I work with teenagers and adults who use all sorts of behaviors to try to feel better, even when they know those behaviors are hurtful to themselves or others, or aren't in line with their values. I have worked with self-harm, thoughts of suicide, and emotional dysregulation in inpatient and outpatient settings. I rely on behavioral and emotional strategies to help you understand why you're using these behaviors and what to do instead.

— Tricia Mihal, Clinical Social Worker in Austin, TX

I have 8 years of experience working with individuals that have significant urges to harm themselves or are experiencing suicidal ideation. I think that recognition, honesty, openness, and having a supportive ally, are really important steps in beginning the path of challenging self harm urges and actions.

— Sam Anderson, Clinical Social Worker
 

One of the most meaningful experiences that I have had as a therapist is meeting a number of clients who have felt in such a dark place as to turn to self-harm or to to experience such a level of self-hate as to want to hurt themselves----and being a part of those client's healing. If interested in improving your relationship with yourself or being able to understand why you self-harm to feel better and no longer need it, we can begin therapy using strategies of DBT and self-compassion.

— JENNIFER GERLACH, Therapist in Swansea, IL

I have experience working with clients with a wide range of self harm experiences. I will not judge your experience and offer a safe and healing space to process self harm behaviors.

— Mallory Striesfeld, Licensed Professional Counselor in Houston, TX
 

Self-harm or non-suicidal self-injury can be misunderstood by many. I have worked with many adolescents and adults who use this coping strategy. My experience comes from several arenas both professional and personal.

— Annia Salas, Licensed Professional Counselor

I understand the difference between suicidal thoughts and self-harm. Self-harm is a coping skill to handle everything going on, but it can be quite destructive and unhealthy. I want to help you learn new coping skills to get through your everyday challenges.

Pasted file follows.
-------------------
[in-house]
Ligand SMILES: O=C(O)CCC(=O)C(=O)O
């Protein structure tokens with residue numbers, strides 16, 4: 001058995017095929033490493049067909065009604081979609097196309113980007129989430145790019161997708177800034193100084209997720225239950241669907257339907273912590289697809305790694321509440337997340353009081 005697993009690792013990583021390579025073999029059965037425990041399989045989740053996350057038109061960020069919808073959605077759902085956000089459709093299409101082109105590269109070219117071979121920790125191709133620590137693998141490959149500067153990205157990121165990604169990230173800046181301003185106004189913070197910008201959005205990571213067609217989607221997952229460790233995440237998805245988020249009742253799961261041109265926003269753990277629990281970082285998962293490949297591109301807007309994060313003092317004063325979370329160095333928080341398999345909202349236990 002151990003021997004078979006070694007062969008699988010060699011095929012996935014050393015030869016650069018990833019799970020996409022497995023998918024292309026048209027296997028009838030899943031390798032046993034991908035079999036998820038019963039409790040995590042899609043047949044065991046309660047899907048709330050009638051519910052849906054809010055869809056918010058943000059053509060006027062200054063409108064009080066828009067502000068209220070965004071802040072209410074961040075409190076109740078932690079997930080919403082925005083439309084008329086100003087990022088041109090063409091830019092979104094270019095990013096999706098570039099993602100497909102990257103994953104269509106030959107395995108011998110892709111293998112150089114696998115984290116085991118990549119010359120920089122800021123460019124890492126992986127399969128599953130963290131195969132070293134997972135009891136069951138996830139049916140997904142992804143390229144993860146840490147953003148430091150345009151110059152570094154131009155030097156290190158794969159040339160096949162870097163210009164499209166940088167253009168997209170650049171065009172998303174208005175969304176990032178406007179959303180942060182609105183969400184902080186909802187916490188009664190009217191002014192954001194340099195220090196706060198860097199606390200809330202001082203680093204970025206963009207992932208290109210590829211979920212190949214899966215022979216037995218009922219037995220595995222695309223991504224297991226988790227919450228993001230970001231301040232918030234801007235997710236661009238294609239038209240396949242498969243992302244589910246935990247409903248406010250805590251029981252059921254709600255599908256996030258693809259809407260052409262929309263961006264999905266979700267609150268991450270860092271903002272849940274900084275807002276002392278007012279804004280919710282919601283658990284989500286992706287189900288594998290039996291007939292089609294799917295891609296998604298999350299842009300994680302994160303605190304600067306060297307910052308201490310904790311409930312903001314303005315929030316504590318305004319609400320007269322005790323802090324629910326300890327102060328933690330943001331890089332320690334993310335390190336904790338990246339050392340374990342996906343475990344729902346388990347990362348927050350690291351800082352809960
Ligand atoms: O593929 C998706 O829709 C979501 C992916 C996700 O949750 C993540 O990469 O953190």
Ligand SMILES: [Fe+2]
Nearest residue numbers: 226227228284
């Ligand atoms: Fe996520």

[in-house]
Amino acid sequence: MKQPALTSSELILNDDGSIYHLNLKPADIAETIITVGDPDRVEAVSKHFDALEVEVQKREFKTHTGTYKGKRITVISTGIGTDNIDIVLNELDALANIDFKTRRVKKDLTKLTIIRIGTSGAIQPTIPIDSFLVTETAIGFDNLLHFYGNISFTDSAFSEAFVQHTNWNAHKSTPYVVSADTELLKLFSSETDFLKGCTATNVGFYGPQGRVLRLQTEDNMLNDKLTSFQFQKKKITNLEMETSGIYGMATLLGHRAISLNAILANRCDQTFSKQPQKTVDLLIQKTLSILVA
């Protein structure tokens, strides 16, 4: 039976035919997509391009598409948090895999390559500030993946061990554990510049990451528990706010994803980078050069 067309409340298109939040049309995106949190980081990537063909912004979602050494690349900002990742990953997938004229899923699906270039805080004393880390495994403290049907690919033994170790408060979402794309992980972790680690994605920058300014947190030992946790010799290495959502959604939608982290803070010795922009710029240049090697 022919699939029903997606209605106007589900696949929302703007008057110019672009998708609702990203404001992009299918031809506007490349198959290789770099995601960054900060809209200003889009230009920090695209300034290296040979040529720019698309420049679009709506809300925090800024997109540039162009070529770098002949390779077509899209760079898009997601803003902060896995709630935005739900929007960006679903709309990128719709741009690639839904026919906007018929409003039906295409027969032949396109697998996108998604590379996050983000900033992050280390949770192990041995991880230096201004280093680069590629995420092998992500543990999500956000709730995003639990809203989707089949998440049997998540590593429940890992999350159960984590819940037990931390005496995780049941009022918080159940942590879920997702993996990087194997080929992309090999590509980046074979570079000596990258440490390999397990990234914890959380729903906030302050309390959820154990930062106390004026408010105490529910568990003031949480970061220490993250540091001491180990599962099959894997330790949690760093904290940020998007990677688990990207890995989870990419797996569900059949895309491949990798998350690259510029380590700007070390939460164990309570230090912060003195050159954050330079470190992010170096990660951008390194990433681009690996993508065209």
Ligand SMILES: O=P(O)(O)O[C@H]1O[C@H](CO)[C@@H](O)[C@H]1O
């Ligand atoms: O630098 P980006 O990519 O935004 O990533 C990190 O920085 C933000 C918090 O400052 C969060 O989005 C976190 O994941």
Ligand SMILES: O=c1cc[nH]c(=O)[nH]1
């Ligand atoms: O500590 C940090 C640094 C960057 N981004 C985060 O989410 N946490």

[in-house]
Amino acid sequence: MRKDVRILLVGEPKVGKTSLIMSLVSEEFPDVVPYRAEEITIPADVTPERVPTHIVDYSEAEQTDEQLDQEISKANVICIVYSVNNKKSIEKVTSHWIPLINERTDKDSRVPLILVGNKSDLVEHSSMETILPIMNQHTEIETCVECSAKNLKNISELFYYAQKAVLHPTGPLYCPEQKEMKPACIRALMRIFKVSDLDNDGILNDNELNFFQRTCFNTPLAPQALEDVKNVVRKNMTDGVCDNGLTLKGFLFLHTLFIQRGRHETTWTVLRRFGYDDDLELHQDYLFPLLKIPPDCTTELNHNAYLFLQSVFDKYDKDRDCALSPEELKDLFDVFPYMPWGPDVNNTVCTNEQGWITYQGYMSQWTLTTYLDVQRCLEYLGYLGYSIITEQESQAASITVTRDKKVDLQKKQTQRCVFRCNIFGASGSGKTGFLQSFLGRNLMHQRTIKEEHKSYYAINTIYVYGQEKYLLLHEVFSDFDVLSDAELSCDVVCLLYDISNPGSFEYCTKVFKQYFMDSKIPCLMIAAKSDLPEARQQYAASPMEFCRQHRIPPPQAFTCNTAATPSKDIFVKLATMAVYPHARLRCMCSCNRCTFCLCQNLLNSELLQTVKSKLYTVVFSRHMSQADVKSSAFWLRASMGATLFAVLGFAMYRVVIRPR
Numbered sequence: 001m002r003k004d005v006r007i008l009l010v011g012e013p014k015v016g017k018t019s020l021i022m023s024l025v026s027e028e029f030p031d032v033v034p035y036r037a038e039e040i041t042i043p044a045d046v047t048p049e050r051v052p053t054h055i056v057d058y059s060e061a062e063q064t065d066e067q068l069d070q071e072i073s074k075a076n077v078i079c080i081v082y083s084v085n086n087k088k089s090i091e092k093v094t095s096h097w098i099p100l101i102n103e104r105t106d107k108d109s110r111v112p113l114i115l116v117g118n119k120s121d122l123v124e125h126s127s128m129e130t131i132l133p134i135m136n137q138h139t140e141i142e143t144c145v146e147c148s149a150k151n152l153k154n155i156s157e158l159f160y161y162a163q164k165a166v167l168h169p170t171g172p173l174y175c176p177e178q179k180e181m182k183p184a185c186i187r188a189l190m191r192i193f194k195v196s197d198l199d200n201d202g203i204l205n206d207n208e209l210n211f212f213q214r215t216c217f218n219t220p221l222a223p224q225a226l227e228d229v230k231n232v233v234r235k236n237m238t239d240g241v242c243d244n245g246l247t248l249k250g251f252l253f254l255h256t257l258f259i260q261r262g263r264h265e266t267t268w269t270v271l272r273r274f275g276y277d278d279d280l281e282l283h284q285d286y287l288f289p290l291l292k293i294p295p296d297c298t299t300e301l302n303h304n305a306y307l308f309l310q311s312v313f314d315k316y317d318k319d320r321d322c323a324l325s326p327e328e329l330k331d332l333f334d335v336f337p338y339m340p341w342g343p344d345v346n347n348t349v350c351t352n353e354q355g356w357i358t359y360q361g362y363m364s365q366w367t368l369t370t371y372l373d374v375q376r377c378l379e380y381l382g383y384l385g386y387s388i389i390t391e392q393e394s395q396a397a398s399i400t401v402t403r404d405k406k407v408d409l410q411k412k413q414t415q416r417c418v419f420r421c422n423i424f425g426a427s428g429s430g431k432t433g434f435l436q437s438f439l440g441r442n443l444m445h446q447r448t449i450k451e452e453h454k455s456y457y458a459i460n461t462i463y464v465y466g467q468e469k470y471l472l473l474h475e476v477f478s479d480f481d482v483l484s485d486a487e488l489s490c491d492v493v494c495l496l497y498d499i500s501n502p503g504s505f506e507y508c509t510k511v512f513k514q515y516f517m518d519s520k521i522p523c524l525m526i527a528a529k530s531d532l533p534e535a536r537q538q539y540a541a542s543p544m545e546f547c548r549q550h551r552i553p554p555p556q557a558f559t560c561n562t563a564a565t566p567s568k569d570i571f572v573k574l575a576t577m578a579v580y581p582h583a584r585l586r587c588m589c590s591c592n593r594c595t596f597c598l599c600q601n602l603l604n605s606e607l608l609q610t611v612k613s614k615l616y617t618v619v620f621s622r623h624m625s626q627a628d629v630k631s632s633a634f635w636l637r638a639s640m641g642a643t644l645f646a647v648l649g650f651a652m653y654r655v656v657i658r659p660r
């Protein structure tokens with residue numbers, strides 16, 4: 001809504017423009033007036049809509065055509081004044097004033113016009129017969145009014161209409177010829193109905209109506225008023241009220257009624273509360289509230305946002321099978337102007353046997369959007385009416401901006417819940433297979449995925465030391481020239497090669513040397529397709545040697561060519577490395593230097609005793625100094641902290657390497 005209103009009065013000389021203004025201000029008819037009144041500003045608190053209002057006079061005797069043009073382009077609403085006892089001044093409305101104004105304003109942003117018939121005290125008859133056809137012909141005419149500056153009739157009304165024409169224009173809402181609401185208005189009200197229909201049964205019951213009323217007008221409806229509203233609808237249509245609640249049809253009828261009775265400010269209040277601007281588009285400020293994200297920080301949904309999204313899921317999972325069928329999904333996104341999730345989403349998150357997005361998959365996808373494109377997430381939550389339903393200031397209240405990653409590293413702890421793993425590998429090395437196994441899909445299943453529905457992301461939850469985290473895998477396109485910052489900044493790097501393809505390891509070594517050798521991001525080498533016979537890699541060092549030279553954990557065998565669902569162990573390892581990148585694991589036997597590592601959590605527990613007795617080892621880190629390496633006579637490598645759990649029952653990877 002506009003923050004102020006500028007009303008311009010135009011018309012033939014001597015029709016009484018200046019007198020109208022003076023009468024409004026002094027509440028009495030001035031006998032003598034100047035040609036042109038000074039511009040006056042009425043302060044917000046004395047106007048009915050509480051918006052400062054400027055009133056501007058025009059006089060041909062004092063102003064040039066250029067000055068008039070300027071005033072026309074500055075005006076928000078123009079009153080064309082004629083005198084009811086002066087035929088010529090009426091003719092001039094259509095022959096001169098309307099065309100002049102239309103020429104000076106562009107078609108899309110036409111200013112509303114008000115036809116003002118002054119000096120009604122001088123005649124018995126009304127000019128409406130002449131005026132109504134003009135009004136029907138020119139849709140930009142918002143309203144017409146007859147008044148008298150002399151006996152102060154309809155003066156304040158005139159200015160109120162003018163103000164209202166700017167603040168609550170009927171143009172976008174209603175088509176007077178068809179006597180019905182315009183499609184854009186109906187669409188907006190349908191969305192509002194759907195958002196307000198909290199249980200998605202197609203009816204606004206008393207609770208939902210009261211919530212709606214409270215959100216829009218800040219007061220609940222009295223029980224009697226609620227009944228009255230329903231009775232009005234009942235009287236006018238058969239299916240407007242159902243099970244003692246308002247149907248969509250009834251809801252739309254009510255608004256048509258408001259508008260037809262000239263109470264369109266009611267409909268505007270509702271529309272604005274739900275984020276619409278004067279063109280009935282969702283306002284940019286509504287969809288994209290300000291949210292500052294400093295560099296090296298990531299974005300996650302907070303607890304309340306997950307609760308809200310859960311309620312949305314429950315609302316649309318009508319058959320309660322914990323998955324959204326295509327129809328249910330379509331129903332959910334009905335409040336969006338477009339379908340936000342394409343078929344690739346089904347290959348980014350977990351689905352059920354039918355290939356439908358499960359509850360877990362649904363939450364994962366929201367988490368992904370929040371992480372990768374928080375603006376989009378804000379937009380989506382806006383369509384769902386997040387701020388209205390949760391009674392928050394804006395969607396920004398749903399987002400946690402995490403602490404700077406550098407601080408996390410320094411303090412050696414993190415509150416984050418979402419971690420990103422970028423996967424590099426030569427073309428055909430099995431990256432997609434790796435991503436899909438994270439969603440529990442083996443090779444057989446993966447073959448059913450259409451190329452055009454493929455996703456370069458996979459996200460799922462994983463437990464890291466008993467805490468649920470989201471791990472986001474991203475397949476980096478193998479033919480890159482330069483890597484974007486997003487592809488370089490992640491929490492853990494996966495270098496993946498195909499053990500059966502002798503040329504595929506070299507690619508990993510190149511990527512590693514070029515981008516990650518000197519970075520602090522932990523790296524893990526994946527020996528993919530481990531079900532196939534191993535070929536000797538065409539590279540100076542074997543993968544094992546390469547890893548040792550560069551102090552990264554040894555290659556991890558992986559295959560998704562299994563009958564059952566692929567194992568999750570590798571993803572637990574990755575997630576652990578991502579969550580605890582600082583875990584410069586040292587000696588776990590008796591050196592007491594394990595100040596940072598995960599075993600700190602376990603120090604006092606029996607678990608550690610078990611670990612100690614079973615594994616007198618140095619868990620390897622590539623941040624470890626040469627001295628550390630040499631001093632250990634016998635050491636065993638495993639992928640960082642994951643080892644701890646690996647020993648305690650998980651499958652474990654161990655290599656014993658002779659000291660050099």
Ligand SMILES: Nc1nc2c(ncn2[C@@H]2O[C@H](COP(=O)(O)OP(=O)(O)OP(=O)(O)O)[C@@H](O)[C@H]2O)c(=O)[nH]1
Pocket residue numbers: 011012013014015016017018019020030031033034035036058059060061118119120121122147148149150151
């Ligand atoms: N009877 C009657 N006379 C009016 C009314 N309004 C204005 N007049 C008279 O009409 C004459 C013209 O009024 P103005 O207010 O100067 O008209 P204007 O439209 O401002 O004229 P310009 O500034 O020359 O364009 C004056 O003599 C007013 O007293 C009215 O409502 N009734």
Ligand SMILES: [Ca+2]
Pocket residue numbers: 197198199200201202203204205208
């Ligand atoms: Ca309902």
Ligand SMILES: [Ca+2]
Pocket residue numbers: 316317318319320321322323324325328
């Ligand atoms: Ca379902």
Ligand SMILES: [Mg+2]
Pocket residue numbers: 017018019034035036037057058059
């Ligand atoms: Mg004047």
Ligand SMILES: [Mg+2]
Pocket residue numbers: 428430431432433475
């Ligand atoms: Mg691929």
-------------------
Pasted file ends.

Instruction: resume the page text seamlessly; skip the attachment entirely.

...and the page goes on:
— Cassandra Hutchinson, Licensed Marriage & Family Therapist in Long Beach, CA
 

I have extensive experience working with clients who have experienced self-harm urges or engage in self-harm. I am passionate on working with clients to help them decrease their self-harm and work to stop the behavior altogether

— Jasmine McLean, Licensed Clinical Social Worker

Self-harm or non-suicidal self-injury can be misunderstood by many. I have worked with many adolescents and adults who use this coping strategy. My experience comes from several arenas both professional and personal.

— Annia Salas, Licensed Professional Counselor
 

Using Cognitive behavioral Therapy (CBT), I am able to guide you to healthier coping mechanisms.

— Darcy Barillas, Licensed Clinical Mental Health Counselor

One of the most meaningful experiences that I have had as a therapist is meeting a number of clients who have felt in such a dark place as to turn to self-harm or to to experience such a level of self-hate as to want to hurt themselves----and being a part of those client's healing. If interested in improving your relationship with yourself or being able to understand why you self-harm to feel better and no longer need it, we can begin therapy using strategies of DBT and self-compassion.

— JENNIFER GERLACH, Therapist in Swansea, IL